A successful launch: China’s Chang’e-6 lunar probe heads to the moon


China has announced the successful launch of its latest lunar probe, the Chang’e-6, on Friday, as the spacecraft reached the planned orbit and goes on with its weeks-long journey to the moon.

The probe is expected to bring back 2 kilograms of samples from the far side of the moon, which humans have never done before. China sampled from the near side of the moon in 2020 with the Chang’e-5 mission.

The launch came days after China’s manned space program launched the Shenzhou-18 mission, sending three taikonauts to the China Space Station.

Click here for CGTN’s livestream of the event.

Long March-5 rocket improved for Chang’e-6 mission

The Long March-5 Y8 rocket, carrying the Chang’e-6 probe, blasted off from the Wenchang Spacecraft Launch Site in south China’s Hainan Province.

“This Long March-5 rocket … can haul a heavier probe,” Li Pingqi, with China Aerospace Science and Technology Corporation, told CGTN. He said the Chang’e-6 probe is 100 kg heavier than its predecessor, making it the heaviest probe for China’s deep space missions. “Going to a lunar transfer orbit with an increase of 100 kg is a considerable upgrade for our rocket.”

He said the mission also requires a strict launch window, which has a width of 50 minutes each day for two consecutive days.

Compared to the Chang’e-5 mission rocket, this Long March-5 Y8 rocket catering to the Chang’e-6 mission also has its reliability index up from 0.86 to 0.93.

Probe geared for lunar far side mission

Compared with the Chang’e-5 sample return mission, the Chang’e-6 probe faces a different terrain. To sample-retrieve from the lesser-known far side, it needs a relay satellite for communication and needs to be even more efficient and time-sensitive.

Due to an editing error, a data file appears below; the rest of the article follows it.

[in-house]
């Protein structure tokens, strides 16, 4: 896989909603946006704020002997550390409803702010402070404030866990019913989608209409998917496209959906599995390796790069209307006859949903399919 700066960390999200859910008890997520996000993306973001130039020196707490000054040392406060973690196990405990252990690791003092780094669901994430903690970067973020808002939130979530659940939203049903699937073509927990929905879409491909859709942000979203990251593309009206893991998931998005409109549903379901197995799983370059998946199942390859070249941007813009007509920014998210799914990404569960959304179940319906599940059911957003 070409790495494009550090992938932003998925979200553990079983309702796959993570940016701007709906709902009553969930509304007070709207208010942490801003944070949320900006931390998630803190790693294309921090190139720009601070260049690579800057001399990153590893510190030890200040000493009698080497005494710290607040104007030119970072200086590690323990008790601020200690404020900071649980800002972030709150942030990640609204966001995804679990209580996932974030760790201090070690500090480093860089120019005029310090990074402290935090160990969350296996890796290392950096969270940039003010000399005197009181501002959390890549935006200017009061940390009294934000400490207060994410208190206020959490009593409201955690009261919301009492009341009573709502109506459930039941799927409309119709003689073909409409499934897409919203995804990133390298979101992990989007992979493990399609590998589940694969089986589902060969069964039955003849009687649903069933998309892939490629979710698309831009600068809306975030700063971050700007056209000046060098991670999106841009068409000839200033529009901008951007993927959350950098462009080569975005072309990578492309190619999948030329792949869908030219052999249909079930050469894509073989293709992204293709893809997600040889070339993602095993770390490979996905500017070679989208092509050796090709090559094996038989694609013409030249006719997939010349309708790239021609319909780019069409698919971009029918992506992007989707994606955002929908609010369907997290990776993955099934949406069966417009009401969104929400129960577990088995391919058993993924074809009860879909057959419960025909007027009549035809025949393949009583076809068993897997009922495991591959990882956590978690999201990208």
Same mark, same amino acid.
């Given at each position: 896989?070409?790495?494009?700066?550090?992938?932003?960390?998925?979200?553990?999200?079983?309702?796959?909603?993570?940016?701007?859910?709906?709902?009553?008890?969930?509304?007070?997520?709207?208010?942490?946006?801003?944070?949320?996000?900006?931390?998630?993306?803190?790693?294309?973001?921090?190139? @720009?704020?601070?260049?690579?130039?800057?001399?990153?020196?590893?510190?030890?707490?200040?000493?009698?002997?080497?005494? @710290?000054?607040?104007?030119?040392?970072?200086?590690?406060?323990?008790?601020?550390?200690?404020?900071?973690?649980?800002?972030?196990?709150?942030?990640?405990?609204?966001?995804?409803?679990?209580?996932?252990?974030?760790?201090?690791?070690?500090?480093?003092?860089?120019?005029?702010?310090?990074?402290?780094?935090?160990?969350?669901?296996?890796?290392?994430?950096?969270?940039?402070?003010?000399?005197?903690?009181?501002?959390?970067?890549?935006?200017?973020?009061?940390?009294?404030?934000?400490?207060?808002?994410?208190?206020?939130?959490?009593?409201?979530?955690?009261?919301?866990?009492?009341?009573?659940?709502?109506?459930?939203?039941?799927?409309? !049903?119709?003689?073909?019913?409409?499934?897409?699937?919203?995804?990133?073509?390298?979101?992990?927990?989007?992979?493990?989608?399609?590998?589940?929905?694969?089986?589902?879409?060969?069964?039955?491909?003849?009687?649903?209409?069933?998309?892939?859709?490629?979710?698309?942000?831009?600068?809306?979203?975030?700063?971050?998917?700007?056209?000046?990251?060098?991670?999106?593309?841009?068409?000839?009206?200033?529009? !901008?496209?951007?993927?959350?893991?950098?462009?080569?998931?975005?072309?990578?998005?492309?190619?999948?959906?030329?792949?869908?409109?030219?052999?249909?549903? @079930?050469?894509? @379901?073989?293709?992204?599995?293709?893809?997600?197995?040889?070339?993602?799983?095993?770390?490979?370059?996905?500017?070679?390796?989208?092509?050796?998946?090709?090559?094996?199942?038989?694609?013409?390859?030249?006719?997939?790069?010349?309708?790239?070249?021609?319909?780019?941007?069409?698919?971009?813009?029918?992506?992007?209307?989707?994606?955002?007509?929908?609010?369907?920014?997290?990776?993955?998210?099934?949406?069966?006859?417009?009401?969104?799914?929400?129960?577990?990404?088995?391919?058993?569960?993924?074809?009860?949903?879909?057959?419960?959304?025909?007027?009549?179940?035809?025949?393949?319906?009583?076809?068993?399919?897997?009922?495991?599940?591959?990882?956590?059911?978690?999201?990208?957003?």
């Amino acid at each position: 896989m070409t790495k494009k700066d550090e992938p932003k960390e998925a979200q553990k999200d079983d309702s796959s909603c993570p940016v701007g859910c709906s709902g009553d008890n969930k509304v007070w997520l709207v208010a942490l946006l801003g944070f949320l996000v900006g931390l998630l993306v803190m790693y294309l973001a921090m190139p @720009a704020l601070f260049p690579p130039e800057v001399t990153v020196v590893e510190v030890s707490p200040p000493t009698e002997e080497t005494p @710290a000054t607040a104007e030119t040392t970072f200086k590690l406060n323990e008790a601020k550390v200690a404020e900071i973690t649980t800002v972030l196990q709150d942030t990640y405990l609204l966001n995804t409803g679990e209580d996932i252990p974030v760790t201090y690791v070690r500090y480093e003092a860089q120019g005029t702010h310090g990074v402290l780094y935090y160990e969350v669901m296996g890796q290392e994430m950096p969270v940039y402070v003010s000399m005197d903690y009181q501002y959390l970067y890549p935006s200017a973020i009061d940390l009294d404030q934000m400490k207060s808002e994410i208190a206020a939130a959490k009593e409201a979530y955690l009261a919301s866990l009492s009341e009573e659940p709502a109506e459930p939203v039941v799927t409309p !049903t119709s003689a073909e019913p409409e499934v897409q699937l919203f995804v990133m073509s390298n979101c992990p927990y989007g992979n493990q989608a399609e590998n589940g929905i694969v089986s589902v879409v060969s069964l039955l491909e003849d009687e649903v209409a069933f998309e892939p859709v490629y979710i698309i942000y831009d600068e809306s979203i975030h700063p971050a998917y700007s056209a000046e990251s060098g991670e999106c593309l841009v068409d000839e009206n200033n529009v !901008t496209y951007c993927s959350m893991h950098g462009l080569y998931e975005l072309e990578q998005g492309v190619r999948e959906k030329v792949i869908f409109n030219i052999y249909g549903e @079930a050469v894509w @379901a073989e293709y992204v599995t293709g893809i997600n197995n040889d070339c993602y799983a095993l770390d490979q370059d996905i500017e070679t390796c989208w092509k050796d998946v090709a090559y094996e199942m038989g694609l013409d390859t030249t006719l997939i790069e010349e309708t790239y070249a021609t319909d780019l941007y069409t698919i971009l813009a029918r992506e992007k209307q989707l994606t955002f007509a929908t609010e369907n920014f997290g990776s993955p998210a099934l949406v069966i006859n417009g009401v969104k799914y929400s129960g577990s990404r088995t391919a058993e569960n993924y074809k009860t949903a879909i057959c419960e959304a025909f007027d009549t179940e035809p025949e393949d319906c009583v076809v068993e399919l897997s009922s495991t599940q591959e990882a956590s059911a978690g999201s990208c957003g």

“Though the far side of the moon is more rugged, we can choose a relatively better place to land.” Lu Yuntong at China Aerospace Science and Technology Corporation told CGTN.


Lu’s colleague Huang Hao said Chang’e-6 carries four international payloads and satellites, including a radon detector from France, a lunar surface negative ion analyzer from the European Space Agency, a laser angle reflector from Italy and a cube satellite from Pakistan.

“The international payload team have together conducted deep and detailed testing work on the payload’s connection and more … to ensure that they can complete their tasks.” Huang said.

Golden opportunity for scientific research

The probe is expected to land in the Aitken Basin in the South Pole of the moon.

“The Aitken Basin is one of the three major terrains on the moon and has significant scientific value,” Ge Ping, deputy director of the Center of Lunar Exploration and Space Engineering with China National Space Administration, told CGTN. “Finding and collecting samples from different regions and ages of the moon is crucial for our understanding of it.”


Ge also said that when the sample is returned, there will be systematic, long-term laboratory research on the sample, including analysis of its structure, physical properties and composition.

“These would further study of the moon’s origin and its evolutionary history,” Ge said in an interview before the launch.

Scientists have already expressed a wide range of interest in the samples, according to Wang Qiong, deputy chief designer of the Chang’e-6 mission.

“We will definitely see more influential results,” Wang said.

(Sun Ye, Liu Yuyao and Gong Zhe contributed to the story.)